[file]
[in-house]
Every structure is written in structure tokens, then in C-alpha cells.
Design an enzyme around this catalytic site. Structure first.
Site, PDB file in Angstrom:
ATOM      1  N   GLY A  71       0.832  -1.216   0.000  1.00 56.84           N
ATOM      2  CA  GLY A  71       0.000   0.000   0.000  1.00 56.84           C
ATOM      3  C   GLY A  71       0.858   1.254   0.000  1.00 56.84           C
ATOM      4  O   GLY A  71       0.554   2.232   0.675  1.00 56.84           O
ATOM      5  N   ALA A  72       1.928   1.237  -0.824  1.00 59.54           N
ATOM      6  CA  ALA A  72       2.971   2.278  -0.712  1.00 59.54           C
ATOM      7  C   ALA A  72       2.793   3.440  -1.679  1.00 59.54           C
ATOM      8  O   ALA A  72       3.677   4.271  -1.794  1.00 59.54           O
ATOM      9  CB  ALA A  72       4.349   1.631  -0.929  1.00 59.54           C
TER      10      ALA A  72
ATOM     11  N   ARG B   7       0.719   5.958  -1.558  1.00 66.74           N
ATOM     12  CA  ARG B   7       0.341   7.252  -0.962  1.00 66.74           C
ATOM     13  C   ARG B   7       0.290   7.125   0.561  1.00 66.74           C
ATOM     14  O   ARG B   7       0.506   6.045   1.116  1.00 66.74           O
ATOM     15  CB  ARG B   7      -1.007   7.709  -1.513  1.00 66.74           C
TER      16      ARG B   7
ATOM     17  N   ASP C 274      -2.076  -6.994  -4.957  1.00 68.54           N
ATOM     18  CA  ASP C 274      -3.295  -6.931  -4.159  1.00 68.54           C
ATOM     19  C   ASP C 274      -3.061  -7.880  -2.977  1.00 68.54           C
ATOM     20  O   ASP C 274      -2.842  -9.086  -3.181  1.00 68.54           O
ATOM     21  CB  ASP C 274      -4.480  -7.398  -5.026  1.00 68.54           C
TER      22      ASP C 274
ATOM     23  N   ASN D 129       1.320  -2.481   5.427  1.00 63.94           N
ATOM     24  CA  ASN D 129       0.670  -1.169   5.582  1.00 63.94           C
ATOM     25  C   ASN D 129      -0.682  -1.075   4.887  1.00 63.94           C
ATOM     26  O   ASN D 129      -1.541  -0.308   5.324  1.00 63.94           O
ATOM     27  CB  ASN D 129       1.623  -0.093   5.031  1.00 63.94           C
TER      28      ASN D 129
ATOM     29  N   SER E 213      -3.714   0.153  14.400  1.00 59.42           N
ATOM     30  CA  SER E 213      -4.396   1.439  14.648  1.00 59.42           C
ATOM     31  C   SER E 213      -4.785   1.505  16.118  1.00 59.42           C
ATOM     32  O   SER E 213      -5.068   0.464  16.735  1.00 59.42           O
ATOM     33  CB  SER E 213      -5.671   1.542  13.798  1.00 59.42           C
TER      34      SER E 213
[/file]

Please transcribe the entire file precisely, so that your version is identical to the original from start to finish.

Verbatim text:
[in-house]
Every structure is written in structure tokens, then in C-alpha cells.
Design an enzyme around this catalytic site. Structure first.
Site, PDB file in Angstrom:
ATOM      1  N   GLY A  71       0.832  -1.216   0.000  1.00 56.84           N
ATOM      2  CA  GLY A  71       0.000   0.000   0.000  1.00 56.84           C
ATOM      3  C   GLY A  71       0.858   1.254   0.000  1.00 56.84           C
ATOM      4  O   GLY A  71       0.554   2.232   0.675  1.00 56.84           O
ATOM      5  N   ALA A  72       1.928   1.237  -0.824  1.00 59.54           N
ATOM      6  CA  ALA A  72       2.971   2.278  -0.712  1.00 59.54           C
ATOM      7  C   ALA A  72       2.793   3.440  -1.679  1.00 59.54           C
ATOM      8  O   ALA A  72       3.677   4.271  -1.794  1.00 59.54           O
ATOM      9  CB  ALA A  72       4.349   1.631  -0.929  1.00 59.54           C
TER      10      ALA A  72
ATOM     11  N   ARG B   7       0.719   5.958  -1.558  1.00 66.74           N
ATOM     12  CA  ARG B   7       0.341   7.252  -0.962  1.00 66.74           C
ATOM     13  C   ARG B   7       0.290   7.125   0.561  1.00 66.74           C
ATOM     14  O   ARG B   7       0.506   6.045   1.116  1.00 66.74           O
ATOM     15  CB  ARG B   7      -1.007   7.709  -1.513  1.00 66.74           C
TER      16      ARG B   7
ATOM     17  N   ASP C 274      -2.076  -6.994  -4.957  1.00 68.54           N
ATOM     18  CA  ASP C 274      -3.295  -6.931  -4.159  1.00 68.54           C
ATOM     19  C   ASP C 274      -3.061  -7.880  -2.977  1.00 68.54           C
ATOM     20  O   ASP C 274      -2.842  -9.086  -3.181  1.00 68.54           O
ATOM     21  CB  ASP C 274      -4.480  -7.398  -5.026  1.00 68.54           C
TER      22      ASP C 274
ATOM     23  N   ASN D 129       1.320  -2.481   5.427  1.00 63.94           N
ATOM     24  CA  ASN D 129       0.670  -1.169   5.582  1.00 63.94           C
ATOM     25  C   ASN D 129      -0.682  -1.075   4.887  1.00 63.94           C
ATOM     26  O   ASN D 129      -1.541  -0.308   5.324  1.00 63.94           O
ATOM     27  CB  ASN D 129       1.623  -0.093   5.031  1.00 63.94           C
TER      28      ASN D 129
ATOM     29  N   SER E 213      -3.714   0.153  14.400  1.00 59.42           N
ATOM     30  CA  SER E 213      -4.396   1.439  14.648  1.00 59.42           C
ATOM     31  C   SER E 213      -4.785   1.505  16.118  1.00 59.42           C
ATOM     32  O   SER E 213      -5.068   0.464  16.735  1.00 59.42           O
ATOM     33  CB  SER E 213      -5.671   1.542  13.798  1.00 59.42           C
TER      34      SER E 213